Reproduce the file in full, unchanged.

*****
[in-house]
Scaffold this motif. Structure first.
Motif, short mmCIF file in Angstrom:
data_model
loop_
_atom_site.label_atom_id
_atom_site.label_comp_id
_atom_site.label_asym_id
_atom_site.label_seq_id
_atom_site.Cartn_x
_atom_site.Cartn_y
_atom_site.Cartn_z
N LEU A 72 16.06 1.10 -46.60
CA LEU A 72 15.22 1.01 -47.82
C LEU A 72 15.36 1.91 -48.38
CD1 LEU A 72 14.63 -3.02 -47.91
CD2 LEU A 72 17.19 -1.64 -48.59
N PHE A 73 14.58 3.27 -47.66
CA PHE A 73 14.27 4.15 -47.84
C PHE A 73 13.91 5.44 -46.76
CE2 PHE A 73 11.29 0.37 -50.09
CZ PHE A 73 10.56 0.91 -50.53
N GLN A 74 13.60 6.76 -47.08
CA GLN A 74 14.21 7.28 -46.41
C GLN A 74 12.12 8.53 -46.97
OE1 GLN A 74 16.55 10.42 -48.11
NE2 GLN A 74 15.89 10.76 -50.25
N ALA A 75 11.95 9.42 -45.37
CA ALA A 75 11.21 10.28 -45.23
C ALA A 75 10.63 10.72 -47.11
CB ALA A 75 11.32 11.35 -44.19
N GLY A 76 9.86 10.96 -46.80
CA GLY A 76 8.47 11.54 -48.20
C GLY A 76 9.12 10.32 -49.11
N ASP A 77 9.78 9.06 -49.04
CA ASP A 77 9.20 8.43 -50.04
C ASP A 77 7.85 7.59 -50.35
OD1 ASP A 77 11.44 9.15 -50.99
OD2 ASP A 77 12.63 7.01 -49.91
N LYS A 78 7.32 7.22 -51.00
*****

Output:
[in-house]
Scaffold this motif. Structure first.
Motif, short mmCIF file in Angstrom:
data_model
loop_
_atom_site.label_atom_id
_atom_site.label_comp_id
_atom_site.label_asym_id
_atom_site.label_seq_id
_atom_site.Cartn_x
_atom_site.Cartn_y
_atom_site.Cartn_z
N LEU A 72 16.06 1.10 -46.60
CA LEU A 72 15.22 1.01 -47.82
C LEU A 72 15.36 1.91 -48.38
CD1 LEU A 72 14.63 -3.02 -47.91
CD2 LEU A 72 17.19 -1.64 -48.59
N PHE A 73 14.58 3.27 -47.66
CA PHE A 73 14.27 4.15 -47.84
C PHE A 73 13.91 5.44 -46.76
CE2 PHE A 73 11.29 0.37 -50.09
CZ PHE A 73 10.56 0.91 -50.53
N GLN A 74 13.60 6.76 -47.08
CA GLN A 74 14.21 7.28 -46.41
C GLN A 74 12.12 8.53 -46.97
OE1 GLN A 74 16.55 10.42 -48.11
NE2 GLN A 74 15.89 10.76 -50.25
N ALA A 75 11.95 9.42 -45.37
CA ALA A 75 11.21 10.28 -45.23
C ALA A 75 10.63 10.72 -47.11
CB ALA A 75 11.32 11.35 -44.19
N GLY A 76 9.86 10.96 -46.80
CA GLY A 76 8.47 11.54 -48.20
C GLY A 76 9.12 10.32 -49.11
N ASP A 77 9.78 9.06 -49.04
CA ASP A 77 9.20 8.43 -50.04
C ASP A 77 7.85 7.59 -50.35
OD1 ASP A 77 11.44 9.15 -50.99
OD2 ASP A 77 12.63 7.01 -49.91
N LYS A 78 7.32 7.22 -51.00